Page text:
Cover Image

Not for Sale



View/Hide Left Panel
Click for next page ( 73


The National Academies | 500 Fifth St. N.W. | Washington, D.C. 20001
Copyright © National Academy of Sciences. All rights reserved.
Terms of Use and Privacy Statement



Below are the first 10 and last 10 pages of uncorrected machine-read text (when available) of this chapter, followed by the top 30 algorithmically extracted key phrases from the chapter as a whole.
Intended to provide our own search engines and external engines with highly rich, chapter-representative searchable text on the opening pages of each chapter. Because it is UNCORRECTED material, please consider the following text as a useful but insufficient proxy for the authoritative book pages.

Do not use for reproduction, copying, pasting, or reading; exclusively for search engines.

OCR for page 72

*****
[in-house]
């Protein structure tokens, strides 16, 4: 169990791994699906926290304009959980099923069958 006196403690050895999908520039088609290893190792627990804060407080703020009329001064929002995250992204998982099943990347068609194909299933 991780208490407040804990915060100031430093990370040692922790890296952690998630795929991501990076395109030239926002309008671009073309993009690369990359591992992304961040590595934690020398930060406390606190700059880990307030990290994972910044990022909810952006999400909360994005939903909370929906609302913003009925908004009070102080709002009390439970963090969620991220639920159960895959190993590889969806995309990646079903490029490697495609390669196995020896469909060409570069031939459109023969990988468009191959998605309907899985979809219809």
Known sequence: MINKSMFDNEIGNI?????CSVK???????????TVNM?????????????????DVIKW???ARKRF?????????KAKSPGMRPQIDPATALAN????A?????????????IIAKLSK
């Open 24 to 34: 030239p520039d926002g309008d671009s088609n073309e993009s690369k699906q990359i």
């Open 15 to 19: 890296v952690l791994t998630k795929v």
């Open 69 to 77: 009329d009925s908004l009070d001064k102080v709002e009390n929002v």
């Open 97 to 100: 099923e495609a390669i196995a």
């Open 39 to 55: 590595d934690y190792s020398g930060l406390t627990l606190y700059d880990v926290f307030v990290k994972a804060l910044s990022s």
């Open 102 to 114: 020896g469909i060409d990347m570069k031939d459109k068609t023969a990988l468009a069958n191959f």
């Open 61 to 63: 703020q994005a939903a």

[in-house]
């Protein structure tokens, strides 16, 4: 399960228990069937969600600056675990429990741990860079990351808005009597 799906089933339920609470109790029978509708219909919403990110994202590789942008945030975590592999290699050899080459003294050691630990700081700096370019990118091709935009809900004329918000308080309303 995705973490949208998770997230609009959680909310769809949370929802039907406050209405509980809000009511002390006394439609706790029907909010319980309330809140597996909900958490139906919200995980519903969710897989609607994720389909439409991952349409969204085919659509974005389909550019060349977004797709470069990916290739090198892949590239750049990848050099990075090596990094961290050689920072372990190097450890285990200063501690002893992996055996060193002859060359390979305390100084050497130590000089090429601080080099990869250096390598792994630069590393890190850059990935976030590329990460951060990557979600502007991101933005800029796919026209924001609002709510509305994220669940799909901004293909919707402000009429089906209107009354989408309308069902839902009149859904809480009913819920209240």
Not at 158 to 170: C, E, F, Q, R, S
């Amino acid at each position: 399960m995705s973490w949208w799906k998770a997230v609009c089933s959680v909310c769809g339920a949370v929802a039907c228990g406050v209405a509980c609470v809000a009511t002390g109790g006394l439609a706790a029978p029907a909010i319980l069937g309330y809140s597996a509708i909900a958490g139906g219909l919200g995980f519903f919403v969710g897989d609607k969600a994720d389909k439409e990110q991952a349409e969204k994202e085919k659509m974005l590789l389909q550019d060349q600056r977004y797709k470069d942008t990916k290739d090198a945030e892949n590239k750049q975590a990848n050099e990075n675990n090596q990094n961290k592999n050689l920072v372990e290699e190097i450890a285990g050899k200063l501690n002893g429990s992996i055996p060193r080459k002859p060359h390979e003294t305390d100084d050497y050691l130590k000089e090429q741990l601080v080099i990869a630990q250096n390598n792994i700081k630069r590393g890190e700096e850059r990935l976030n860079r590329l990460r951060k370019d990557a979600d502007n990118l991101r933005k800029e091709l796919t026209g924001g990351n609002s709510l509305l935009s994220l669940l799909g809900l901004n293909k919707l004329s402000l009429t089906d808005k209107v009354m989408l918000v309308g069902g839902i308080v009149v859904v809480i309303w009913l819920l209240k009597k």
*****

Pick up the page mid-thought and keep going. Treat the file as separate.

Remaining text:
72 Guidebook for Implementing Passenger Rail Service on Shared Passenger and Freight Corridors high-quality service and for cost savings. The contracts must also allow for periodic cost adjust- ments to reflect inflation and for the commuter rail agency to adjust service where needed in response to travel demand or budget constraints. 4.5 Managing Change in Agreements This section discusses approaches to managing the service evolution over time in response to market and financial developments. As discussed in Chapter 5, recommended practice for passenger rail agencies is to negotiate a long-term master access agreement (20 years or more) to give security that a successful service will be able to continue but to arrange for periodic agreement revisions to accommodate changes to both host and tenant services. Likewise, Amtrak maintains operating agreements with all the host railroads, with the ability to modify these agreements to accommodate a new or changed service. In particular, Amtrak can demand that the host railroad accommodate additional trips and raise speeds. However, Amtrak (or a passenger rail agency) must fund track and signal improvements, if required to accommodate the planned changes. Typical revision procedures for access agreements used by passenger rail agencies and Amtrak for operations on a host freight railroad are presented in the following subsections. 4.5.1 Major Revision to Provide for a Substantial Increment in Capacity and/or Service Performance This type of revision should take place at intervals of several years, 5 years being a common choice. More frequent revisions can lead to a time-consuming and confusing state of continu- ous negotiation. The revisions should include changes that all users expect over the period to the next revision, including increases in passenger and freight traffic, capital investments in capac- ity, measures to reduce journey time, and any associated changes in cost-sharing formulas and agreements. The primary constraint on changes is that they should fall within the scope of the master agreement and long-term plan, unless all parties agree to amend this agreement and plan. The actual changes agreed to in the revisions would be implemented over the period to the next major revision. Not every service will warrant this level of revision. If services are limited in scope, or do not involve a major capital investment or expansion of service, then a formal revision is not required. In those circumstances, a less sweeping change, as described in the following subsection, is appropriate. Major revisions are often accompanied by an update to any capacity and cost analysis for the route, especially where the estimates and assumptions concerning traffic levels, track condition, etc., may have become outdated. 4.5.2 Minor Agreement Revisions to Provide a Limited Service Addition or Performance Improvement A minor revision could be used to implement an additional round trip or a reduction in jour- ney time by a few minutes or to add freight facilities, such as a new industry connection. Operations after the change would still be within the parameters agreed to in the master contract and the most recent major revision. Usually, minor revisions would not trigger any change to cost- sharing formulas agreed upon by host and tenant, or involve significant capital investments. Limited investments may be involved, for projects like adding a passing siding or improving curve geometry to increase speed.